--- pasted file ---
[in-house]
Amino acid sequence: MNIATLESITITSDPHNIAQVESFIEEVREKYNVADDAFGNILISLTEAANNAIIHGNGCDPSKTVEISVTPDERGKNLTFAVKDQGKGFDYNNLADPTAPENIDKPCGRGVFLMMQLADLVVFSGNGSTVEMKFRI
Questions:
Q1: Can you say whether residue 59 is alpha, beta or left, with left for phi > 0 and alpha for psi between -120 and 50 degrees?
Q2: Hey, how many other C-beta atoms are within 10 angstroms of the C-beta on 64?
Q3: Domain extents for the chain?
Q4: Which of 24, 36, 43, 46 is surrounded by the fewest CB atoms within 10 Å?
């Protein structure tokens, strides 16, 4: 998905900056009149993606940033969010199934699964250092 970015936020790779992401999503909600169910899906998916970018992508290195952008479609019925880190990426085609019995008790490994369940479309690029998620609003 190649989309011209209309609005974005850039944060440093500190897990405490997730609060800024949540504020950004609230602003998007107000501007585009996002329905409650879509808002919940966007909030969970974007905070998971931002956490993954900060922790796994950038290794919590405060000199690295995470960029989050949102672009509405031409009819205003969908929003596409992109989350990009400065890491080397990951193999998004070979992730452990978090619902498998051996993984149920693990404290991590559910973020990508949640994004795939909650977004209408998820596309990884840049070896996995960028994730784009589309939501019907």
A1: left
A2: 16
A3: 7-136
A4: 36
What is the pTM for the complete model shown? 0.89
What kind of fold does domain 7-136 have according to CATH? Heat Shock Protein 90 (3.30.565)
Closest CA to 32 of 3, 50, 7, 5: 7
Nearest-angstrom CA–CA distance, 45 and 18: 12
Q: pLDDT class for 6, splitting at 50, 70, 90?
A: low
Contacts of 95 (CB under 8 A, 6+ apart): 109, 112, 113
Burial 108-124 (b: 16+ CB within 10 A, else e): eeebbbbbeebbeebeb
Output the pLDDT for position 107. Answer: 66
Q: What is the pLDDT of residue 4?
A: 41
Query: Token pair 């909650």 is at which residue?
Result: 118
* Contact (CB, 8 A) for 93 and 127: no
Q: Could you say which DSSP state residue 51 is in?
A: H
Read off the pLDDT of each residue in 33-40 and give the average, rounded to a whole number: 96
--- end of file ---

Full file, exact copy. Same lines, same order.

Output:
[in-house]
Amino acid sequence: MNIATLESITITSDPHNIAQVESFIEEVREKYNVADDAFGNILISLTEAANNAIIHGNGCDPSKTVEISVTPDERGKNLTFAVKDQGKGFDYNNLADPTAPENIDKPCGRGVFLMMQLADLVVFSGNGSTVEMKFRI
Questions:
Q1: Can you say whether residue 59 is alpha, beta or left, with left for phi > 0 and alpha for psi between -120 and 50 degrees?
Q2: Hey, how many other C-beta atoms are within 10 angstroms of the C-beta on 64?
Q3: Domain extents for the chain?
Q4: Which of 24, 36, 43, 46 is surrounded by the fewest CB atoms within 10 Å?
């Protein structure tokens, strides 16, 4: 998905900056009149993606940033969010199934699964250092 970015936020790779992401999503909600169910899906998916970018992508290195952008479609019925880190990426085609019995008790490994369940479309690029998620609003 190649989309011209209309609005974005850039944060440093500190897990405490997730609060800024949540504020950004609230602003998007107000501007585009996002329905409650879509808002919940966007909030969970974007905070998971931002956490993954900060922790796994950038290794919590405060000199690295995470960029989050949102672009509405031409009819205003969908929003596409992109989350990009400065890491080397990951193999998004070979992730452990978090619902498998051996993984149920693990404290991590559910973020990508949640994004795939909650977004209408998820596309990884840049070896996995960028994730784009589309939501019907």
A1: left
A2: 16
A3: 7-136
A4: 36
What is the pTM for the complete model shown? 0.89
What kind of fold does domain 7-136 have according to CATH? Heat Shock Protein 90 (3.30.565)
Closest CA to 32 of 3, 50, 7, 5: 7
Nearest-angstrom CA–CA distance, 45 and 18: 12
Q: pLDDT class for 6, splitting at 50, 70, 90?
A: low
Contacts of 95 (CB under 8 A, 6+ apart): 109, 112, 113
Burial 108-124 (b: 16+ CB within 10 A, else e): eeebbbbbeebbeebeb
Output the pLDDT for position 107. Answer: 66
Q: What is the pLDDT of residue 4?
A: 41
Query: Token pair 């909650």 is at which residue?
Result: 118
* Contact (CB, 8 A) for 93 and 127: no
Q: Could you say which DSSP state residue 51 is in?
A: H
Read off the pLDDT of each residue in 33-40 and give the average, rounded to a whole number: 96